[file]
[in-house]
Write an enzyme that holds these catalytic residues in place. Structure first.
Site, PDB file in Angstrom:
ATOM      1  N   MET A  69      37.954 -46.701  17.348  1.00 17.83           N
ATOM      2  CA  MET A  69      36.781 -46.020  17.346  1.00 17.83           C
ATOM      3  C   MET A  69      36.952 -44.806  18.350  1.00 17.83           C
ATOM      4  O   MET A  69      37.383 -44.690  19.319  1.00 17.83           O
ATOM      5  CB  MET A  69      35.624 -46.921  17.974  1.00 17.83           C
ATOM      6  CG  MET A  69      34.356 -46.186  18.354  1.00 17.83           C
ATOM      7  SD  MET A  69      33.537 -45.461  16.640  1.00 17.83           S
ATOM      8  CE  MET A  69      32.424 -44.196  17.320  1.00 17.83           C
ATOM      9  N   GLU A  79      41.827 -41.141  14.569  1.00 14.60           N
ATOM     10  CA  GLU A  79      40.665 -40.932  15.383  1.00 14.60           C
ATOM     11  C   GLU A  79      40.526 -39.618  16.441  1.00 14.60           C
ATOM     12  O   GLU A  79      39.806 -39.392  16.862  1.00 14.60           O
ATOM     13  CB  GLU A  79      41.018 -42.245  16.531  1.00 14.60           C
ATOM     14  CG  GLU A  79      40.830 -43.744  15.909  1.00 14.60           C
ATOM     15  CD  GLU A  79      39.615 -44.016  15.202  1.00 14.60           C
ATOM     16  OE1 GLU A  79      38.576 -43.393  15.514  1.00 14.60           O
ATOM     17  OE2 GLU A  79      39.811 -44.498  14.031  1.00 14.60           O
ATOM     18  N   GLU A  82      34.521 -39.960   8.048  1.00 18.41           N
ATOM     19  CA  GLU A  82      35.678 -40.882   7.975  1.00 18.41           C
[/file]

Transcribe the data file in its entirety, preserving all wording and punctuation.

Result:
[in-house]
Write an enzyme that holds these catalytic residues in place. Structure first.
Site, PDB file in Angstrom:
ATOM      1  N   MET A  69      37.954 -46.701  17.348  1.00 17.83           N
ATOM      2  CA  MET A  69      36.781 -46.020  17.346  1.00 17.83           C
ATOM      3  C   MET A  69      36.952 -44.806  18.350  1.00 17.83           C
ATOM      4  O   MET A  69      37.383 -44.690  19.319  1.00 17.83           O
ATOM      5  CB  MET A  69      35.624 -46.921  17.974  1.00 17.83           C
ATOM      6  CG  MET A  69      34.356 -46.186  18.354  1.00 17.83           C
ATOM      7  SD  MET A  69      33.537 -45.461  16.640  1.00 17.83           S
ATOM      8  CE  MET A  69      32.424 -44.196  17.320  1.00 17.83           C
ATOM      9  N   GLU A  79      41.827 -41.141  14.569  1.00 14.60           N
ATOM     10  CA  GLU A  79      40.665 -40.932  15.383  1.00 14.60           C
ATOM     11  C   GLU A  79      40.526 -39.618  16.441  1.00 14.60           C
ATOM     12  O   GLU A  79      39.806 -39.392  16.862  1.00 14.60           O
ATOM     13  CB  GLU A  79      41.018 -42.245  16.531  1.00 14.60           C
ATOM     14  CG  GLU A  79      40.830 -43.744  15.909  1.00 14.60           C
ATOM     15  CD  GLU A  79      39.615 -44.016  15.202  1.00 14.60           C
ATOM     16  OE1 GLU A  79      38.576 -43.393  15.514  1.00 14.60           O
ATOM     17  OE2 GLU A  79      39.811 -44.498  14.031  1.00 14.60           O
ATOM     18  N   GLU A  82      34.521 -39.960   8.048  1.00 18.41           N
ATOM     19  CA  GLU A  82      35.678 -40.882   7.975  1.00 18.41           C